DS Golf Centers put Baywood on the market for $2.5 million in 2004, and the club shed members and services as it looked for a buyer. Weeds sprang up along the course’s edges; sand lost from bunkers wasn’t replaced. “They just did the minimum,” recalls Peter O’Toole, a 17-year resident and member of Baywood Golf and Community Association. DS closed the course in January 2012, saying it could no longer subsidize losses that had reached upward of $100,000 in recent years. Just 90 members were on the club’s rolls. Homeowners worried that property values would plummet; some considered pooling their money to buy the club. Tyler was working as an assistant pro at a Triangle course when he heard of Baywood’s predicament. He remembered playing the course with friends and mentioned it to his father, who co-owns a real-estate company in Rhode Island. He thought it a bargain, and they got it for $1.3 million — barely half the original asking price.

The Peyton brothers might be young, but they’re not novices. They learned the game from their maternal grandfather, who spent weekends teaching them to read greens and instilled a passion for the game. “I just love golf so much,” Tyler says. “I wasn’t good enough to be a professional golfer, but I wanted to do something involving golf.” He came to North Carolina to attend Campbell University’s PGA Golf Management Program and interned at Cape Fear Country Club in Wilmington and other courses before taking a job with Clayton-based Fred Smith Co., which owns four courses in the Triangle. Kyle studied turf management at University of Rhode Island and worked on the grounds staff at The Country Club in Brookline, Mass. — site of several U.S. Open tournaments and the 1999 Ryder Cup. “I learned a lot. I did a few internships and then worked full time. We got to experience everything: maintenance on the machines in the winter, putting, when the grass grows.” Though Dylan didn’t study golf in school, he’s worked on courses since he was 13. The younger brothers didn’t hesitate to migrate south. “We realize we’re really fortunate to be in this position,” Dylan says, “and we’re going to make the most of it.”  "clientuploads/Archive_Images/2013/08/baywood-course.jpg"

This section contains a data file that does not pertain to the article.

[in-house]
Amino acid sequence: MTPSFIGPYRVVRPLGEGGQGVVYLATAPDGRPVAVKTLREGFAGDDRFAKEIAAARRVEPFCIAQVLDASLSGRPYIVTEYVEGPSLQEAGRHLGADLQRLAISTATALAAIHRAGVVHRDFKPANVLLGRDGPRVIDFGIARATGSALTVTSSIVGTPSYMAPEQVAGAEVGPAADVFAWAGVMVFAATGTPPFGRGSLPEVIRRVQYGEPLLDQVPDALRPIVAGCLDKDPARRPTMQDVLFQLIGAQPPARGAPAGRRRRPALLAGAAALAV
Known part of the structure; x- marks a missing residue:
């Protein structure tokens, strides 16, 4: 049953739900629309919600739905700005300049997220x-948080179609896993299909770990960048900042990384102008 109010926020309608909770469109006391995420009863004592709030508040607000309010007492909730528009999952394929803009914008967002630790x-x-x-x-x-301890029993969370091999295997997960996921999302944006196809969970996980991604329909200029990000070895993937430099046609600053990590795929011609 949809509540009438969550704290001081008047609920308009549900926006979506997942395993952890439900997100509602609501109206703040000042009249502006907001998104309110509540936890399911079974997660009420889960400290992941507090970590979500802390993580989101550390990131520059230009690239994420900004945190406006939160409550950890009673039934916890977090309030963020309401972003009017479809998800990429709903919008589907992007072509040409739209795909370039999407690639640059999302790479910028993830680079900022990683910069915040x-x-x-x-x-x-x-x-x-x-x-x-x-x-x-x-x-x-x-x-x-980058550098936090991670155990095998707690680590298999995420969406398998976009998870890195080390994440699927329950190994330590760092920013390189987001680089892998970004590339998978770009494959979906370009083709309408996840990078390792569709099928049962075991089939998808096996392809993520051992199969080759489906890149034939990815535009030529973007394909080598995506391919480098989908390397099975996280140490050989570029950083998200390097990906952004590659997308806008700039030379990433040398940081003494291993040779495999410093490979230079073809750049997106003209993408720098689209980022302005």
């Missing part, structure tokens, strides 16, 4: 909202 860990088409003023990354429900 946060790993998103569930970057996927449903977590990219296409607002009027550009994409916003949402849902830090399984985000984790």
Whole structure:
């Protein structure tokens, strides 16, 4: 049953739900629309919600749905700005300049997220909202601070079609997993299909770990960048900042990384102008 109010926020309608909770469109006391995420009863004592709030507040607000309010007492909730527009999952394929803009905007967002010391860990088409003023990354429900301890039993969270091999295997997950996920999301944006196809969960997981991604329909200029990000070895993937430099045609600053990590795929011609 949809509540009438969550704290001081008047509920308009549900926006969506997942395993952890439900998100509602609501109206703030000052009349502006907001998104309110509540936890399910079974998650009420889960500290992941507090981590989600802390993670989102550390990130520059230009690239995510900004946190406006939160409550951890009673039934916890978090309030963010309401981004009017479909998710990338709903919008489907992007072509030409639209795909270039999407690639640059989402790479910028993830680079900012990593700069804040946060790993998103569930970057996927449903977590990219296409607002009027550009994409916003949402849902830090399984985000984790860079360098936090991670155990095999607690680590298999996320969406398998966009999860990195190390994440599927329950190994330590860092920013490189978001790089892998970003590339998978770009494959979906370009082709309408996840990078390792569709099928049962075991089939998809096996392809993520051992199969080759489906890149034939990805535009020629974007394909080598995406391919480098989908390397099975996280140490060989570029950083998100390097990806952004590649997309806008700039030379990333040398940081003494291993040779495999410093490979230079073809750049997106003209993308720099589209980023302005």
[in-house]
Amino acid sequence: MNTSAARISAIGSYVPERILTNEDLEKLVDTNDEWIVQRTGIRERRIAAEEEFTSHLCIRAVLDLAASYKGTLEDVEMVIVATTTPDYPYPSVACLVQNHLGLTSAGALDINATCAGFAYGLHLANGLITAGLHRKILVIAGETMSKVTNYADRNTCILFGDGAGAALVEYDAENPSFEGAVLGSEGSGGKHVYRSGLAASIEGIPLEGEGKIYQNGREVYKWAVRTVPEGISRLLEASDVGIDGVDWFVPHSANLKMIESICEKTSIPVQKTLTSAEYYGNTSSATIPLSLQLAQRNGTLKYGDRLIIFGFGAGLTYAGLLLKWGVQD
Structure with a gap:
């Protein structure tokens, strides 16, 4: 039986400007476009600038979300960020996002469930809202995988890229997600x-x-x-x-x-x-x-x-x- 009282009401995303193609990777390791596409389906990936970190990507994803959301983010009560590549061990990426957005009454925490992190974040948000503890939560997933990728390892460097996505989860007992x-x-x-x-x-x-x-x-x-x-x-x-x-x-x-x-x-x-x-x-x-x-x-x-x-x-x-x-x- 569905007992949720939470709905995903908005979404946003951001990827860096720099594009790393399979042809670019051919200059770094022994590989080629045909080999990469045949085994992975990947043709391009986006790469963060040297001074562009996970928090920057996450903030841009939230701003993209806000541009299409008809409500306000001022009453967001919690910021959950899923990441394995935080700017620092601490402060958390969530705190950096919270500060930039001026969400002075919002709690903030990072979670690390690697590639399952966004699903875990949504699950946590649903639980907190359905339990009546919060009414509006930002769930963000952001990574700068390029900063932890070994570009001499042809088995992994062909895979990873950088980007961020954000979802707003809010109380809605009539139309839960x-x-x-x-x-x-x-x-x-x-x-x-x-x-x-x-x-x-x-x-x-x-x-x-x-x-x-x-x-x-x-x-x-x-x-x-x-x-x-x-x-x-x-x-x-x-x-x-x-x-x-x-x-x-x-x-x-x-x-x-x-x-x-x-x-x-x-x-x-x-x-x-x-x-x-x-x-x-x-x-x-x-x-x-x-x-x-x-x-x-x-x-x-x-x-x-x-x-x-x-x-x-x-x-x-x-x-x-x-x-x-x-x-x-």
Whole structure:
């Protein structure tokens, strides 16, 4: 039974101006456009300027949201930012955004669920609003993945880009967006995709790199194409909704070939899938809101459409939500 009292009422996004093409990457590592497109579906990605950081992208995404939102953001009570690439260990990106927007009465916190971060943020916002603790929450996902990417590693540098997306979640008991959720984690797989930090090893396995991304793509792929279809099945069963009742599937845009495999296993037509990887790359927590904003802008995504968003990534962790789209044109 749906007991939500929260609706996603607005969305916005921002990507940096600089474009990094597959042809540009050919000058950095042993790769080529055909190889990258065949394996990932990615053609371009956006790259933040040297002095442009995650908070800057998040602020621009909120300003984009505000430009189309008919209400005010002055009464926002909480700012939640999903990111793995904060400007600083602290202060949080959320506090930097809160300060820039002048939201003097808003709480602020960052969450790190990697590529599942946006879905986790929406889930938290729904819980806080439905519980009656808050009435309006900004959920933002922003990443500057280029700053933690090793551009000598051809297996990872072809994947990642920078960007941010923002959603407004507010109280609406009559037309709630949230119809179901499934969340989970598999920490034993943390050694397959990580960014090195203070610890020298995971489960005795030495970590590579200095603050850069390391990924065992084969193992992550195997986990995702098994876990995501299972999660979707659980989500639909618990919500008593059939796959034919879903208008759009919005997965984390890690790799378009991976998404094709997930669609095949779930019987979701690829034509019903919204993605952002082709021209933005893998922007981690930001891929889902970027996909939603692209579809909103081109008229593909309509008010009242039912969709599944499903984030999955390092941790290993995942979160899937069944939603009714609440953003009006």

Baywood is about 10 miles east of downtown Fayetteville, near the town of Eastover. “People live in that community to be in a little quieter area that’s not as urban,” says Dellmarie Pittman, an agent at Townsend Real Estate Inc. who has listed houses there. “It was designed as a golf community, so that’s of the utmost importance to retain value and appeal.” Despite the troop buildup at Fort Bragg, Fayetteville is still recovering from the housing-market crisis. Foreclosures were up 7.7% through the first four months of 2013 compared with the year before, though they were down 11% from the same period of 2010. Home prices are “maintaining,” Pittman says, and Baywood’s listed properties range from $130,000 to $400,000.

With a still-shaky economy, the Peytons knew they had to increase the value proposition for people to pony up for a discretionary club membership. Establishing a rapport with residents was first on their to-do list, so they rolled out the welcome mat in true North Carolina style with a neighborhood pig pickin’. They gained about 100 members that day and, since reopening in late March 2012, membership has grown to about 200. They’ve diversified by offering social memberships and pool memberships as well as three tiers of golf memberships — the gold level ($1,500 a year for a family) gives added privileges, such as more options for tee times as well as discounted guest fees and merchandise, than bronze ($900) does. Dues can be paid monthly, but members get a 10% discount if they pay in full when they sign up. “What golf needs to provide is an outlet that’s reasonably priced. I think one of the knocks on golf is it’s really expensive, and it takes a long time,” says Robb Wade, director of the PGA Golf Management Program at N.C. State University in Raleigh. “We really need to get past that to making it a family activity.”